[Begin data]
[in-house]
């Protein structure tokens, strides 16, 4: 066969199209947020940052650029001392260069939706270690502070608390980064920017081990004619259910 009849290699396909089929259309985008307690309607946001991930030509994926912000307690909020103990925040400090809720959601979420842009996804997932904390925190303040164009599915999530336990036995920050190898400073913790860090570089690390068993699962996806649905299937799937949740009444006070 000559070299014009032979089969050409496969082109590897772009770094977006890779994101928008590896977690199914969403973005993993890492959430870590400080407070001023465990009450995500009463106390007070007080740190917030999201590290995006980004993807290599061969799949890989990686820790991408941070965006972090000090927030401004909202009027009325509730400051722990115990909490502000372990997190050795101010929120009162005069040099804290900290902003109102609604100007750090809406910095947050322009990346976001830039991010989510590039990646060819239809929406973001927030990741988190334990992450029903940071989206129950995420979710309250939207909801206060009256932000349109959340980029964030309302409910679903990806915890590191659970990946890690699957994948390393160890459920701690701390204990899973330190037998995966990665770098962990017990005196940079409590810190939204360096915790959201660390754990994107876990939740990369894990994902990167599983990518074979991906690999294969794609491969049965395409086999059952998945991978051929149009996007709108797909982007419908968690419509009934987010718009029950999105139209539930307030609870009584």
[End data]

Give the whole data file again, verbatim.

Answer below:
[in-house]
């Protein structure tokens, strides 16, 4: 066969199209947020940052650029001392260069939706270690502070608390980064920017081990004619259910 009849290699396909089929259309985008307690309607946001991930030509994926912000307690909020103990925040400090809720959601979420842009996804997932904390925190303040164009599915999530336990036995920050190898400073913790860090570089690390068993699962996806649905299937799937949740009444006070 000559070299014009032979089969050409496969082109590897772009770094977006890779994101928008590896977690199914969403973005993993890492959430870590400080407070001023465990009450995500009463106390007070007080740190917030999201590290995006980004993807290599061969799949890989990686820790991408941070965006972090000090927030401004909202009027009325509730400051722990115990909490502000372990997190050795101010929120009162005069040099804290900290902003109102609604100007750090809406910095947050322009990346976001830039991010989510590039990646060819239809929406973001927030990741988190334990992450029903940071989206129950995420979710309250939207909801206060009256932000349109959340980029964030309302409910679903990806915890590191659970990946890690699957994948390393160890459920701690701390204990899973330190037998995966990665770098962990017990005196940079409590810190939204360096915790959201660390754990994107876990939740990369894990994902990167599983990518074979991906690999294969794609491969049965395409086999059952998945991978051929149009996007709108797909982007419908968690419509009934987010718009029950999105139209539930307030609870009584």